Tel. ++49-(0)228-7362737
E-Mail: m.hoch@uni-bonn.de
Web: www.limes-institut-bonn.de

Dr. Elvira Mass
Life & Medical Sciences (LIMES) Institute
of the University of Bonn
Tel. ++49-(0)228-7362767
E-Mail: emass@uni-bonn.de

Dr. Dagmar Wachten
caesar research center, Bonn
Minerva research group leader
Tel. ++49-(0)228-9656311
E-Mail: dagmar.wachten@caesar.de

Weitere Informationen:

https://www.youtube.com/watch?v=QiAR-peJijs&feature=youtu.be

Johannes Seiler | idw - Informationsdienst Wissenschaft

Further reports about: Cell Genetic NFAT cardiac defect defects immune organs transplant valves

More articles from Health and Medicine:

nachricht An experimental Alzheimer's drug reverses genetic changes thought to spur the disease
04.05.2016 | Rockefeller University

nachricht Research points to a new treatment for pancreatic cancer
04.05.2016 | Purdue University

All articles from Health and Medicine >>>

The most recent press releases about innovation >>>

Die letzten 5 Focus-News des innovations-reports im Überblick:

Im Focus: Nuclear Pores Captured on Film

Using an ultra fast-scanning atomic force microscope, a team of researchers from the University of Basel has filmed “living” nuclear pore complexes at work for the first time. Nuclear pores are molecular machines that control the traffic entering or exiting the cell nucleus. In their article published in Nature Nanotechnology, the researchers explain how the passage of unwanted molecules is prevented by rapidly moving molecular “tentacles” inside the pore.

Using high-speed AFM, Roderick Lim, Argovia Professor at the Biozentrum and the Swiss Nanoscience Institute of the University of Basel, has not only directly...

Im Focus: 2+1 is Not Always 3 - In the microworld unity is not always strength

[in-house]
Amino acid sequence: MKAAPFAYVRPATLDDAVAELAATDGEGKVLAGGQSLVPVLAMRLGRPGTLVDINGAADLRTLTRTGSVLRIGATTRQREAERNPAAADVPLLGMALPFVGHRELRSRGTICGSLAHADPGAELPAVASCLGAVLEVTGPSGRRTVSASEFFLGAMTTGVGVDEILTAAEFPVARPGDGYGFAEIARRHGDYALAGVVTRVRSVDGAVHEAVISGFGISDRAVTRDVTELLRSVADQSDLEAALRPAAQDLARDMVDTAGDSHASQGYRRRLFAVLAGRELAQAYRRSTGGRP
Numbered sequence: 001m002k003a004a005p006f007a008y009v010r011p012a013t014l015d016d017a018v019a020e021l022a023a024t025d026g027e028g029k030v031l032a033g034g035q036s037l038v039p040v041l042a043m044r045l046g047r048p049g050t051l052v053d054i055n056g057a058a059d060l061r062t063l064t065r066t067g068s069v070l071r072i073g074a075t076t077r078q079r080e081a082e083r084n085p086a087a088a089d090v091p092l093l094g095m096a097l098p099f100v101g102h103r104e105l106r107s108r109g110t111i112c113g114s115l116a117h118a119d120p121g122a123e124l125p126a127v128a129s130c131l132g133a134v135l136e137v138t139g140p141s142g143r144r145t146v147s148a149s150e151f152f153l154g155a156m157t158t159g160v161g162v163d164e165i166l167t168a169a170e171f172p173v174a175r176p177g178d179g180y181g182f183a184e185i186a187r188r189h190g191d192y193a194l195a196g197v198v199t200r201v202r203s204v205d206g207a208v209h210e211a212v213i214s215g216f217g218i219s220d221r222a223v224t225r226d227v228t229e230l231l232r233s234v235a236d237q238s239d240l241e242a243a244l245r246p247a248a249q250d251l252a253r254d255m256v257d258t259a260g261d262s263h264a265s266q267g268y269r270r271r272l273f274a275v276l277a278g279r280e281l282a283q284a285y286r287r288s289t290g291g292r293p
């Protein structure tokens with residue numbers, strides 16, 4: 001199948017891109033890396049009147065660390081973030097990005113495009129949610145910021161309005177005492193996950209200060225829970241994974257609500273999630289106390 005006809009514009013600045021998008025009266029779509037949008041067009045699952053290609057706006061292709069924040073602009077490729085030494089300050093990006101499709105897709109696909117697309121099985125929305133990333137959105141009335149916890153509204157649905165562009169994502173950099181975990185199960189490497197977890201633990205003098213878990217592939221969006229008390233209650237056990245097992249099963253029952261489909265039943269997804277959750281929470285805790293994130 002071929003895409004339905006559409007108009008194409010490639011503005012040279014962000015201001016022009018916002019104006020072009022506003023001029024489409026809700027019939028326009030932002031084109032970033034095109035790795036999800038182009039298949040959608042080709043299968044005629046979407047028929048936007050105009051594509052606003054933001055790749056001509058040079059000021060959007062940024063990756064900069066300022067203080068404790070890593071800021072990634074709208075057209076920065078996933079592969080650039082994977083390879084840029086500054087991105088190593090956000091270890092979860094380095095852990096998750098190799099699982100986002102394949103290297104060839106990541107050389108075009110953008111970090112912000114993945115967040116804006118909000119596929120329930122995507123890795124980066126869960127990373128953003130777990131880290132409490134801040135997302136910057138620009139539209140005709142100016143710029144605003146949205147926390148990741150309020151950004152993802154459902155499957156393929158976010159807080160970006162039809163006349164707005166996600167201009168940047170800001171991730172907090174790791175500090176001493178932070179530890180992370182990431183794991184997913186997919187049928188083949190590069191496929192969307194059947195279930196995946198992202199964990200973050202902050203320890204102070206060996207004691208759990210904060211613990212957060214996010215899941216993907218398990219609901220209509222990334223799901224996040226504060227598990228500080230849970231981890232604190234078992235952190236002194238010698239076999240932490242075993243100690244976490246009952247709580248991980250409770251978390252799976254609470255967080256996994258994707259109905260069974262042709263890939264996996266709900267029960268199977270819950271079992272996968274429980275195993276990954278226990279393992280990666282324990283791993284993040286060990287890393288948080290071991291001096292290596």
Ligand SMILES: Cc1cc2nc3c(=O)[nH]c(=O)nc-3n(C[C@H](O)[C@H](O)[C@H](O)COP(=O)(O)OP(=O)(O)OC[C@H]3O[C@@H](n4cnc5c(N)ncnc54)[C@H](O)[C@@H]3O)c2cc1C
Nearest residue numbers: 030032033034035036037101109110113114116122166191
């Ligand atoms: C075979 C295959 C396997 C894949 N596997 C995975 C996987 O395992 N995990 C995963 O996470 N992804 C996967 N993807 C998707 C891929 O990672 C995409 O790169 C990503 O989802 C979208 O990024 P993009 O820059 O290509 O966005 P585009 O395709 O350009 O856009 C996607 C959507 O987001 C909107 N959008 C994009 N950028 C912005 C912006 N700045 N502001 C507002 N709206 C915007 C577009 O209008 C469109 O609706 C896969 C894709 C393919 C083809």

If a person pushes a broken-down car alone, there is a certain effect. If another person helps, the result is the sum of their efforts. If two micro-particles are pushing another microparticle, however, the resulting effect may not necessarily be the sum their efforts. A recent study published in Nature Communications, measured this odd effect that scientists call “many body.”

In the microscopic world, where the modern miniaturized machines at the new frontiers of technology operate, as long as we are in the presence of two...

Im Focus: Tiny microbots that can clean up water

Researchers from the Max Planck Institute Stuttgart have developed self-propelled tiny ‘microbots’ that can remove lead or organic pollution from contaminated water.

Working with colleagues in Barcelona and Singapore, Samuel Sánchez’s group used graphene oxide to make their microscale motors, which are able to adsorb lead...

Im Focus: ORNL researchers discover new state of water molecule

Neutron scattering and computational modeling have revealed unique and unexpected behavior of water molecules under extreme confinement that is unmatched by any known gas, liquid or solid states.

In a paper published in Physical Review Letters, researchers at the Department of Energy's Oak Ridge National Laboratory describe a new tunneling state of...

Im Focus: Bionic Lightweight Design researchers of the Alfred Wegener Institute at Hannover Messe 2016

Honeycomb structures as the basic building block for industrial applications presented using holo pyramid

Researchers of the Alfred Wegener Institute (AWI) will introduce their latest developments in the field of bionic lightweight design at Hannover Messe from 25...

All Focus news of the innovation-report >>>

Anzeige

Anzeige

Event News

The “AC21 International Forum 2016” is About to Begin

27.04.2016 | Event News

Soft switching combines efficiency and improved electro-magnetic compatibility

15.04.2016 | Event News

Grid-Supportive Buildings Give Boost to Renewable Energy Integration

12.04.2016 | Event News

 
Latest News

New fabrication and thermo-optical tuning of whispering gallery microlasers

04.05.2016 | Physics and Astronomy

Introducing the disposable laser

04.05.2016 | Physics and Astronomy

A new vortex identification method for 3-D complex flow

04.05.2016 | Materials Sciences

VideoLinks
B2B-VideoLinks
More VideoLinks >>>